It requires a willingness to lay out your own life for all to see, to live out the stereotypical nightmare of standing naked before the class reading your essay. The nakedness of the autobiographical first person is an easy thing to do on a blog because you are not required to confront an audience in your nakedness as you first sit down to type, but over time if you succeed at what you are doing you will find yourself holding a manuscript or even a bound book and reading these same pieces to an audience, in full cognizance of your nakedness and thinking some listeners will find you self-important if not egomaniacal. If you know me personally you know that I am far from that sort of person. I used to listen to Garrison Keillor’s radio show a lot, both for the music and the storytelling. The latter struck me as fascinating because it sounded like straight Southern Gothic transposed in place, replacing race with Lutheran and Catholic, the familiar conflict between town and country. I used to find the Powder Milk Biscuit commercials particularly appealing, with their line about giving shy people the courage to get up and do what must be done.
That’s me, my reticent German roots showing through the brightly colored hair of a Carnival costume, through even my daily costume of a hat (always) and a fondness for what the rest of the world calls a Hawaiian shirt but we think of as a Jazz Fest shirt. Still, at any gathering even of some of the people I am closest to the larger the group the more likely I am to gravitate to the edge, to listen more than I talk. There is some other impulse to the way I write, and I trace it not just to the long list of writers I cited above. I write the way I do partly out of necessity.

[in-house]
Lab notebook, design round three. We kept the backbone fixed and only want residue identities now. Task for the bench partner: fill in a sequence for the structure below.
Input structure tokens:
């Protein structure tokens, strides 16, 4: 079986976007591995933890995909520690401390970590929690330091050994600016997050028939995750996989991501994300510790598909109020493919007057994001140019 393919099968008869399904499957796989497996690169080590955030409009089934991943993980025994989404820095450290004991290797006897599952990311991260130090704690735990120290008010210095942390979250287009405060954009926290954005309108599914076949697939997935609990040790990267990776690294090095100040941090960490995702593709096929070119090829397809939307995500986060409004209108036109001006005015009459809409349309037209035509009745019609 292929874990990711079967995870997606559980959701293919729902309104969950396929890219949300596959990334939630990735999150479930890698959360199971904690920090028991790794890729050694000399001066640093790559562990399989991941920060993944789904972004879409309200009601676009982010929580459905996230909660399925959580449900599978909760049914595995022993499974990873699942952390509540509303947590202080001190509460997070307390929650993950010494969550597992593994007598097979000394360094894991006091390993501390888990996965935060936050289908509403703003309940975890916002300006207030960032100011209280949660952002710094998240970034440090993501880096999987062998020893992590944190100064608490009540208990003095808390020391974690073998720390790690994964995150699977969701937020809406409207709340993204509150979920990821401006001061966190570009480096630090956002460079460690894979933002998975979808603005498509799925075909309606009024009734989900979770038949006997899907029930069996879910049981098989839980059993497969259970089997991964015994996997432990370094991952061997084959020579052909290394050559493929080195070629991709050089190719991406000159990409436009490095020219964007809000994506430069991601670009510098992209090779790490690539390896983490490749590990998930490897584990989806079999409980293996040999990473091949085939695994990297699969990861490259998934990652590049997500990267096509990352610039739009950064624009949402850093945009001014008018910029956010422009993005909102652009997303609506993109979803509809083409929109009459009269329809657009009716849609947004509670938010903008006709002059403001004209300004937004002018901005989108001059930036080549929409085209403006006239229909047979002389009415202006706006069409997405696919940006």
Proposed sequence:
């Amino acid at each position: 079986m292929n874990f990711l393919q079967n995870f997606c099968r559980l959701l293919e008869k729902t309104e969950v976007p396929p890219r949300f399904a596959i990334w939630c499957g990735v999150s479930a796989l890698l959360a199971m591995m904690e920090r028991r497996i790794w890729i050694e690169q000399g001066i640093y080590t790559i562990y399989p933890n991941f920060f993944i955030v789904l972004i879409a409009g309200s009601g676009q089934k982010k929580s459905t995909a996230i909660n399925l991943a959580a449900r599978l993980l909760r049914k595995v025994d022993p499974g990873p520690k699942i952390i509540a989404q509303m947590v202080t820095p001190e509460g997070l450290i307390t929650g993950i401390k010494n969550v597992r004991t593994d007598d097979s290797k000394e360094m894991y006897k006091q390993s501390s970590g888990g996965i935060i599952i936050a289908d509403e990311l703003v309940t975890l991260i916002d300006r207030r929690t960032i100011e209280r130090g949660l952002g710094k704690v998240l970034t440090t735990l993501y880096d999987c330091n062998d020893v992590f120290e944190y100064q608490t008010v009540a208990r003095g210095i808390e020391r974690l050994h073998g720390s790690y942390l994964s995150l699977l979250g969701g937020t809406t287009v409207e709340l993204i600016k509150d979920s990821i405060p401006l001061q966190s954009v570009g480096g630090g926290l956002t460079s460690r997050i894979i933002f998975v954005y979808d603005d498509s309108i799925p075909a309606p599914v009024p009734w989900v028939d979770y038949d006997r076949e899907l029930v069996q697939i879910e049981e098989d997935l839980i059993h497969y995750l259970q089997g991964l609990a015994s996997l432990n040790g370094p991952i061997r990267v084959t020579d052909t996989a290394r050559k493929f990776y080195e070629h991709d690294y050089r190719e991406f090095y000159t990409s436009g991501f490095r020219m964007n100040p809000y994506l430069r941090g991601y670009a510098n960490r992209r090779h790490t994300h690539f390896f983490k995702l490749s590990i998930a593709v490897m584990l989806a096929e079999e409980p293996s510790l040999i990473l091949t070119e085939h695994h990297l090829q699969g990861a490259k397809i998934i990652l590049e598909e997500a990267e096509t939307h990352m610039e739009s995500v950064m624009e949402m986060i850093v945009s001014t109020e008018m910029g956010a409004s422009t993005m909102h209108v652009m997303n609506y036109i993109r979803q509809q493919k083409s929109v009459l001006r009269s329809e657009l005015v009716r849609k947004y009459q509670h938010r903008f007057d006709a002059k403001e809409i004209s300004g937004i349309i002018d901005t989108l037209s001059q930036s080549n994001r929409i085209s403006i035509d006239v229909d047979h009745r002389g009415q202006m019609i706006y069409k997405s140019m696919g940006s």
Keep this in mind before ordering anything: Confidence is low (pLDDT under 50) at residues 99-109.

Sometimes I worry it is the easy path, that I am not challenging myself, that I could do so more if I just pushed myself harder, if I only had the time, but I don’t. I have all the obligations listed and I am well into midlife. I have some stories I am compelled to tell, and some poems (some personal, some not) I am compelled to write, and I have to write them and grow in writing them as best I can in the time I am allotted. I said earlier I might be a young writer trapped in an middle-aged body but I’m not. I’m an aging writer who is not chasing life with the catapult impulse of youth but as a man running at once away from and toward death. I live in a city that is sinking a surely as Atlantis and I have to build this boat as best I can with the materials at hand and the skills I already have, so that something of this place will perhaps be remembered, as if I only am escaped alone to tell thee.
And so to the listings…
§ Maple Street Book Shop will feature manager Gladin Scott’s Birthday Bash the weekend of September 10th, 11th, and 12th, A donation of 20% of all book sales at the Maple Street Book Shop sales will be donated to Lusher School’s Creative Writing Program.
§ Also, Maple Street will host Brunch on Sunday, September 12 at 1pm with local students from the Creative Writing Program at Lusher Charter School reading from and discussing their original work.
§ “Before (During) After”, a photo book that combines a through-the-lens visual and literary exploration of how Hurricane Katrina has transformed the lives and work of twelve photographers. Contributors sign the book. 6 p.m. Friday. Maple Street Book Shop, 7523 Maple St., 866-4916.
§ Here’s one that sounds Odd enough it should probably be at the top of the list: author Katheryn Krotzer Laborde signs and discusses Do Not Open: The Discarded Refrigerators of Post-Katrina New Orleans. 1 p.m. Saturday. Garden District Book Shop, The Rink, 2727 Prytania St. We got the funk.
§ Poet David Rowe reads from and signs his book, Unsolicited Poems, followed by an open mike at the Maple Leaf Bar Poetry Reading. (If you catch me typing Maple Leaf Books or Maple Street Bar, well, I just need to focus. It happens all the time on the first draft. Its and it’s and its thing).